Thanks for your prompt reply. I am from Singapore. Do you know if I could buy them in Singapore?


Doc Conrad
User


Jul 13, 2000, 3:41 AM

Post #39 of 312 (134255 views)
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Ben, since submerged media, at low oxygen content, do not convert nitrate well, and trickle tower media out in the air do convert nitrate well, the explanation saying the trickle tower works is the correct explanation. The aneroxic bacteria explanation is wrong.

Doc Conrad


Marcus
Novice

Jul 13, 2000, 6:17 AM

Post #40 of 312 (134252 views)
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Dear all,

I have constructed a DIY trickle tower about 1 month ago. However, I did not manage to bring down the nirtate level low enough. It keep staying at about 50ppm. My pond is 12 ton + 3 ton filter and the tower is standing 1m tall. Can anyone comment on this? I would really like to achieve low level of nitrate...something like 10-20ppm?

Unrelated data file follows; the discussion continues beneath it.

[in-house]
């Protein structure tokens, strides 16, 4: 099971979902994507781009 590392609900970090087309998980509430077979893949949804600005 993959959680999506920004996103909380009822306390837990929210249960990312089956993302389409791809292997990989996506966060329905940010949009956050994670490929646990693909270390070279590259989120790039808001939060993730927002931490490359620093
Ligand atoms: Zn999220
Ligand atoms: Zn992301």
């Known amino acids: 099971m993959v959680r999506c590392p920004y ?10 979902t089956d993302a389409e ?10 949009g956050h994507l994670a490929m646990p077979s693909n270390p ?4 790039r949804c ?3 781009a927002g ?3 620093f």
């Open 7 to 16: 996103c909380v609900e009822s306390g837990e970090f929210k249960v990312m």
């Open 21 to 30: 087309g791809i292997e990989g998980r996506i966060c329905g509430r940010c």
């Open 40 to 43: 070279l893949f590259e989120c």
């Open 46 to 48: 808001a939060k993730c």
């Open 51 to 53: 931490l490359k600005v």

(This post was edited by Khoobg on Dec 7, 2000, 9:00 AM)


Khoobg
Webmaster


Jul 13, 2000, 7:11 AM

Post #41 of 312 (134242 views)
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Hi Marcus,

You should consider increasing the number of bio ball used in your trickle filter. My pond is slightly larger than your pond but my trickle filter use up to 7000 bio balls and it control the nitrate in my pond perfectly. I have been running my trickle filter for two years and it seem to be able to cope with koi which is much larger in size now


ET
Novice

Jul 13, 2000, 9:23 AM

Post #42 of 312 (134240 views)